Over the past few months I have been experiencing some mild cognitive deficits, mostly related to concentration & working memory, with some sleep issues (non-24 hour sleep/wake cycles, sleeping 12-14 hours at a time). A nurse practioner diagnosed me with ADD, which sort of makes sense, except I never had any learning difficulty as a child, or if I did - it was never like this. I am a 21 year old female, majoring in astrophysics, though these problems have rendered me virtually incompetent for the last few months.
I've had bloodwork done, including TSH and T4 levels, all normal. I had an MRI done (see link in the post script), which was normal(according to the report), but... Since I never actually talked to the radiologist, I was wondering if you could help me fill in some gaps. There's no increased signal anywhere, the ventricles look symmetrical, et cetera. But from my humble perspective, the meninges look kind of thick (and illuminated, in the T1 weighted images) in the front, particularly on my left side. I know every brain has its peculiarities, but I just thought it seemed like a coincidence. It may be completely irrelevant, but my left pupil is somewhat larger than my right when dilated - I just read somewhere that larger pupils could be a sign of increased intracranial pressure, but it may be that it has nothing to do with what side of the brain something is on.
I'm really clueless. The the MRI was probably normal, but is it possible that something could look subtle but still cause symptoms? It seems possible to me.
Stimulants have yet to help me. Would you recommend trying to see a neurologist, or should I just stick with psychoaffective drugs and therapy and hope I get better? I feel willing to try anything at this point - it seems as though my ability to consciously understand the world is slipping away.
P.S. I think you can look at the image here, I have it posted on my blog: http://truehayley.files.wordpress.com/2007/05/sagittalt1b.jpg
I suppose I should describe/give some examples of the specific problems I have. Like I said, it is mostly attention related - typically (several times a day) I will enter a room do something (get my keys, wallet, go to look for something on the internet, or check my e-mail) and before I can do it, I will forget what I'm doing. I can't remember why I went to a specific room, or sat down at the computer, et cetera. Usually I have to think very hard (for maybe 20-30 seconds), walking myself backwards through my train of thought, to recall again what it was that I meant to do. I completely forget about appointments, sometimes even classes I have every week, I just forget to go to.
Once I was with a friend and we were going to dinner after class, and she asked where I was going - it turns out I walking the opposite direction of where we were heading, even though by now I know the campus like the back of my hand.
Another time I had a doctor's appointment at 10:30 - I looked at the clock, which read 10:30, but I thought it said 10:15. Later when I came to the appointment I couldn't believe I was late, until the image of the clock came back to me later in my head - remembering it, I could clearly tell that the clock said 10:30 - but at the time, I whole heartedly thought it said 10:15.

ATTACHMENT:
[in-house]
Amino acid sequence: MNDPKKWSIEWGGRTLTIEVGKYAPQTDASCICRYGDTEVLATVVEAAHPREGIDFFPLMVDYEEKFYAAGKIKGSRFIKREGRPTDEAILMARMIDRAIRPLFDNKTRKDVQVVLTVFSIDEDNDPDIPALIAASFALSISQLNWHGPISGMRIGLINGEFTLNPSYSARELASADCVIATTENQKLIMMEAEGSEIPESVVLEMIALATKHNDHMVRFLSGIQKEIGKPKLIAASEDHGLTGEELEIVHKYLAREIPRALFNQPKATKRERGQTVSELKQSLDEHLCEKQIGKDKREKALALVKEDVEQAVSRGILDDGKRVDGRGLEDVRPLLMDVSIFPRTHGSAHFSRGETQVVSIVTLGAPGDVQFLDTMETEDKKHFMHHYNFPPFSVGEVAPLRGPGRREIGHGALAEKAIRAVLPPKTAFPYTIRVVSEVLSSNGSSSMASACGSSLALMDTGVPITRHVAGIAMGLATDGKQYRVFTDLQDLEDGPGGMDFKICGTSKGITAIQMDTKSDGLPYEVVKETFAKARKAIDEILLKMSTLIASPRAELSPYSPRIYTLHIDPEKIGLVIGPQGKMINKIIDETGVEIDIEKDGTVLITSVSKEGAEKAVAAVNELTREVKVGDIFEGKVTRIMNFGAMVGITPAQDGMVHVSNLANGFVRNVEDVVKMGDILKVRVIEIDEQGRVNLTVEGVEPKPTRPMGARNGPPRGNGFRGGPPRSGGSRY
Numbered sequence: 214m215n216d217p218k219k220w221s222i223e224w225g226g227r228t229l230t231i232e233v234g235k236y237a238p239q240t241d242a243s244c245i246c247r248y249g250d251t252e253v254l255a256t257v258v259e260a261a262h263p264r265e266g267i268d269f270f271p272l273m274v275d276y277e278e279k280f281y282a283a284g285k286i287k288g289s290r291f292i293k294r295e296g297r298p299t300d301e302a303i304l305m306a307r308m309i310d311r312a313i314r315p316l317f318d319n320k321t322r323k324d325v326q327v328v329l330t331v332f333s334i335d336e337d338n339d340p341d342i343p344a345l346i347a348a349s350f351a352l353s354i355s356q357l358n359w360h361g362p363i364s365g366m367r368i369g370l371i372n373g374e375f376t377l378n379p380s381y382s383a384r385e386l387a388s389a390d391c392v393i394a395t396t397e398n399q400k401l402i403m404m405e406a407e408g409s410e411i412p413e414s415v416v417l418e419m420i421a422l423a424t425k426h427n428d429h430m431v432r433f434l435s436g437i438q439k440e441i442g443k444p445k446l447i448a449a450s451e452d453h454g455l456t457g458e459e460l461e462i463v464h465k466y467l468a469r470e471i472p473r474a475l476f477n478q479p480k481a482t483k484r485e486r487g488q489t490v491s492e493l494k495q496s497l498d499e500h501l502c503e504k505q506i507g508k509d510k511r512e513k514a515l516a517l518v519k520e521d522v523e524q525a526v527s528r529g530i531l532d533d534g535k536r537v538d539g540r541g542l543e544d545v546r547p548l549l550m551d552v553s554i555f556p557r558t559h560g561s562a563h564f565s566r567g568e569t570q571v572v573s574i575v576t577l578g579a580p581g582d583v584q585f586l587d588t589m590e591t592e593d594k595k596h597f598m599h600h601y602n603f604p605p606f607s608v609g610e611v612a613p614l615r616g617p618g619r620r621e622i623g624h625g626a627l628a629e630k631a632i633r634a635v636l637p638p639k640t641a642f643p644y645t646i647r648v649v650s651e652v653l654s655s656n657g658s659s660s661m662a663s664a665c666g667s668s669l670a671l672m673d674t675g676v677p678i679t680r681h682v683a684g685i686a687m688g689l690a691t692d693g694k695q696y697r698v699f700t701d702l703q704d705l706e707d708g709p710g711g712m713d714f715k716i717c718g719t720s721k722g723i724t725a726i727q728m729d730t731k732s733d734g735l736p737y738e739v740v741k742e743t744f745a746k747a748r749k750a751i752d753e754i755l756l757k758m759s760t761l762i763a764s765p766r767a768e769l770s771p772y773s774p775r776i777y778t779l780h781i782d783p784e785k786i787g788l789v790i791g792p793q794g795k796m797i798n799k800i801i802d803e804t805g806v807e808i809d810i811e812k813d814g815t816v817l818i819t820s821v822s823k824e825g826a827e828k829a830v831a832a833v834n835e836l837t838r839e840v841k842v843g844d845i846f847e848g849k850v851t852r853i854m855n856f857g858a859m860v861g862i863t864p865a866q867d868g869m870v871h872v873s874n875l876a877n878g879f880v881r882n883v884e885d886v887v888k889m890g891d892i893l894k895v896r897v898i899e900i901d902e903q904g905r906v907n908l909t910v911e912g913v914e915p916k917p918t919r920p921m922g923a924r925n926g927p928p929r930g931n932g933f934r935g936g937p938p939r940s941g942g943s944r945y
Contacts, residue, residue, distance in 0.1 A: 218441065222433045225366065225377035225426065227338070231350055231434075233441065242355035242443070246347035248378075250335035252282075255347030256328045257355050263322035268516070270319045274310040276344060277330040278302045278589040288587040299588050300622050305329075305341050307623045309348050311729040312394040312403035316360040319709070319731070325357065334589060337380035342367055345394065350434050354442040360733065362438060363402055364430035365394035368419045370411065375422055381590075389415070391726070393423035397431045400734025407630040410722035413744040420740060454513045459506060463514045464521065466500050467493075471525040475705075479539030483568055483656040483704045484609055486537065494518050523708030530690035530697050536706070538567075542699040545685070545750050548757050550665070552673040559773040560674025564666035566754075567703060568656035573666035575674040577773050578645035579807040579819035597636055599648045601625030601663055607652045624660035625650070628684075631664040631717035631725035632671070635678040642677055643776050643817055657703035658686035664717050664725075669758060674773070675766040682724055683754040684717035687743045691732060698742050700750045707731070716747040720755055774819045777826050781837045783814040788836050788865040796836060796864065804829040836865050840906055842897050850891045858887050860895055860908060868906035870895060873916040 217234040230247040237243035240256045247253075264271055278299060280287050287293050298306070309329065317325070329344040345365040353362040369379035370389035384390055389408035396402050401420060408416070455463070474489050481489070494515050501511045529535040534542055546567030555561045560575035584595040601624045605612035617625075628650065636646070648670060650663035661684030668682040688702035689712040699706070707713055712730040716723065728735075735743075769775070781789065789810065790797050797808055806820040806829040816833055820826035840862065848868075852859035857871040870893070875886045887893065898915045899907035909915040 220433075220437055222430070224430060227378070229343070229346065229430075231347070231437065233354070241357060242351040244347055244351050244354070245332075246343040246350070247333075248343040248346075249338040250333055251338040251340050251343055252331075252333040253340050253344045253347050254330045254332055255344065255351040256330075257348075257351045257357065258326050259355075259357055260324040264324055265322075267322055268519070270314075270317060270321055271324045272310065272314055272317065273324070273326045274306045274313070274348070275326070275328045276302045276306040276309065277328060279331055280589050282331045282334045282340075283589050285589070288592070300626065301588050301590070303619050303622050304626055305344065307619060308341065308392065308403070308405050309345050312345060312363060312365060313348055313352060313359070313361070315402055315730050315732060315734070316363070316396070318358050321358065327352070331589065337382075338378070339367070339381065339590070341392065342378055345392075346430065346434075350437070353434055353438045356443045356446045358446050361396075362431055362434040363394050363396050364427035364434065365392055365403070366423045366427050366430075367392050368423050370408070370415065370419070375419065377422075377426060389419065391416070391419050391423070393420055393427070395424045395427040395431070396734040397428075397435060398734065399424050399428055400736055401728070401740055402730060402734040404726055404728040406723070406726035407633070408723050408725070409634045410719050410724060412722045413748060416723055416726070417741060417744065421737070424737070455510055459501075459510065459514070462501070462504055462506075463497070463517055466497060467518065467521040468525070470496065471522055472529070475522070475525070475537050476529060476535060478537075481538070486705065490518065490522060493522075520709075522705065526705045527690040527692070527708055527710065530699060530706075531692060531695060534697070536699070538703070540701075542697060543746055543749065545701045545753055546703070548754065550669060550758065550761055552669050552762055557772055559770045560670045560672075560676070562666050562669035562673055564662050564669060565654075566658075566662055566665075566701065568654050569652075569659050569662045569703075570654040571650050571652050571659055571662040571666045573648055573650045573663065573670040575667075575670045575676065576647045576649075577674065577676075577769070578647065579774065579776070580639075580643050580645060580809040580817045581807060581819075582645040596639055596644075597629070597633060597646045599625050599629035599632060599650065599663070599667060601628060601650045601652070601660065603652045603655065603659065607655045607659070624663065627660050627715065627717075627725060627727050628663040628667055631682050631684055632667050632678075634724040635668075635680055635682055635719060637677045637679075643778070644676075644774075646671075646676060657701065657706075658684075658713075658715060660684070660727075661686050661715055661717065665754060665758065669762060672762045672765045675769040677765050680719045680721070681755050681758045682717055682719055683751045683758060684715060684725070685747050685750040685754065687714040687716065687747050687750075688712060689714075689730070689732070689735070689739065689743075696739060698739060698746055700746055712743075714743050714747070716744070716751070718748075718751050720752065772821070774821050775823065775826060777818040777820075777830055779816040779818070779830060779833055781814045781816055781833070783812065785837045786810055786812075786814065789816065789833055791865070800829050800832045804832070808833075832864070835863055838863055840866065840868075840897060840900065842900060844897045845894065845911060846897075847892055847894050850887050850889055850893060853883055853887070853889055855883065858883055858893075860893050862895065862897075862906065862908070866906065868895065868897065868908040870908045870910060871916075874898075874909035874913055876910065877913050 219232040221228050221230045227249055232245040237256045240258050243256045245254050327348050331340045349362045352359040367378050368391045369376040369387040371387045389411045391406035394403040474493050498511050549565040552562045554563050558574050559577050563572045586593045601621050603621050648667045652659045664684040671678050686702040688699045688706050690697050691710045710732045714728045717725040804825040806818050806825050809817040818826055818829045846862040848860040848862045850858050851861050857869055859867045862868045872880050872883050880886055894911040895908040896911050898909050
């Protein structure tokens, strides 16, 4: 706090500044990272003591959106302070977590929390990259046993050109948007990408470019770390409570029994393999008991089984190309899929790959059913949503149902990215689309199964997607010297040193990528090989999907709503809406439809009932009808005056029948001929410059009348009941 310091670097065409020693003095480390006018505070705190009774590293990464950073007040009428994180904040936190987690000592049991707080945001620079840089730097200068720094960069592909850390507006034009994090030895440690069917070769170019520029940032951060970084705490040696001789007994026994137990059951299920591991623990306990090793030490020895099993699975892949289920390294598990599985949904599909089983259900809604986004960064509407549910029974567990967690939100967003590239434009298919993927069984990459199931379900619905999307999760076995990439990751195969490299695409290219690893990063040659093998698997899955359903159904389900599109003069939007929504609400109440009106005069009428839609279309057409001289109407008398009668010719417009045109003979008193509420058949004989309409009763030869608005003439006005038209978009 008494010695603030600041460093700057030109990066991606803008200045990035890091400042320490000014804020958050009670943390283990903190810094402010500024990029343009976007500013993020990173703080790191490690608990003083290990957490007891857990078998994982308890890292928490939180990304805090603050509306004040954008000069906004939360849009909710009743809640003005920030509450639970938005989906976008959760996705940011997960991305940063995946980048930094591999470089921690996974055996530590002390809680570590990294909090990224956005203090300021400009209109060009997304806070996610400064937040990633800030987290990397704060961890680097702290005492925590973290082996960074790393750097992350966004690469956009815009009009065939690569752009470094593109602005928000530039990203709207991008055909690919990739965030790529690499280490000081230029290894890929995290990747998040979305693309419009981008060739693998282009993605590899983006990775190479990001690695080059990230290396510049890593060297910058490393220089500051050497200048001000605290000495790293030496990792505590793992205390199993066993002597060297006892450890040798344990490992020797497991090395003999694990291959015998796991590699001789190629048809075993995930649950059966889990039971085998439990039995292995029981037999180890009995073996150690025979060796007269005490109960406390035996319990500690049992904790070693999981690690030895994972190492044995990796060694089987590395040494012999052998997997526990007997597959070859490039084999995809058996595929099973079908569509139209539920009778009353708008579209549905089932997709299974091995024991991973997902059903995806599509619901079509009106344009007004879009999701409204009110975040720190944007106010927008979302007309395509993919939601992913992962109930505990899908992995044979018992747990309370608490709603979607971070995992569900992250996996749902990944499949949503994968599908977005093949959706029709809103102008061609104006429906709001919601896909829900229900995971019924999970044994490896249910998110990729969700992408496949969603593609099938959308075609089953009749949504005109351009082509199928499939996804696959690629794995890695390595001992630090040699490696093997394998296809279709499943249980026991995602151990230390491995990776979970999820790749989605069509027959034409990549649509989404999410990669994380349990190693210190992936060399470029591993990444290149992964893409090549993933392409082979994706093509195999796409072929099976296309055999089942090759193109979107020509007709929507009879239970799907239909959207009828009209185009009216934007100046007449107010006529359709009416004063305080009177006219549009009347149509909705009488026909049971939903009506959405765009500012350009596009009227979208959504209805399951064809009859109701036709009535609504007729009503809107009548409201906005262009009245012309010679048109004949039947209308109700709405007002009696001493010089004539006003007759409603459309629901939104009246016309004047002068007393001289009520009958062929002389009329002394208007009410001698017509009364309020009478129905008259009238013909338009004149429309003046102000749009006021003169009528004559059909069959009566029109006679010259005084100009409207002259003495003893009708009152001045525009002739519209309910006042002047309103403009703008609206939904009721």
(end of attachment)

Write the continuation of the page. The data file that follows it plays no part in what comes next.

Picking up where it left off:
I frequently make spelling errors now that I never have in the past. I call them spelling errors, but much of the time I just use the wrong word - "and" instead of "an", "two" instead of "to", "down" instead of "doubt." Like when I reach for the word in my head, I accidentally use a word that is stored close to the one I actually want to use. Ones that sound similar, or the wrong form of the right word, i.e. "went" instead of "came." I blog frequently, so rereading my entries I have been able to notice an explosion of these errors in recent months. About half of them I catch immediately, but many I can look at over and over again and not notice - it looks right at the time.
Any ideas? Does it sound like a bloodflow problem, a neuroendocrine issue, a dopamine deficiency? I'm a lowly physicist, I have no idea.
Oh, lowly physicist....Don't ever doubt your own observations. You describe real cognitive deficits, and I wouldn't blow them off. I would probably have you start with a good and thorough neuro exam, but you likely need a good neuropsych eval. These are the ones who can pick up the subtle cognition problems that the standard neuro exam won't. Most often they are PhD's rather than MD's. Sometimes referred to as psychometric testing. It's really not as much psychological testing as it is an exam of the finer points of cognitive function.
I wouldn't trust your own reading of MRI's unless you've had lots of experience. The body, alas, is rarely perfectly symmetrical. Even so, meningeal thickening would likely not be the cause of cognitive difficulties. The causes could range from sleep deprivation (eg. sleep disorder), to metabolic (hypoglycemia) to primary neurological, to endocrinological..... I could probably go on for pages. BTW, I often have many of those same problems. Mine is neurological. It really is hard when you remember having a sharp mind, but can't always summon it.
Bottom line, never be your own doctor for fear of having an idiot for a patient. See someone.
We can't afford to lose great minds...or as the brilliant Dan Quayle said, when speaking before the United Negro College Fund, "It's terrible thing to lose your mind." (sorry about the political humor)
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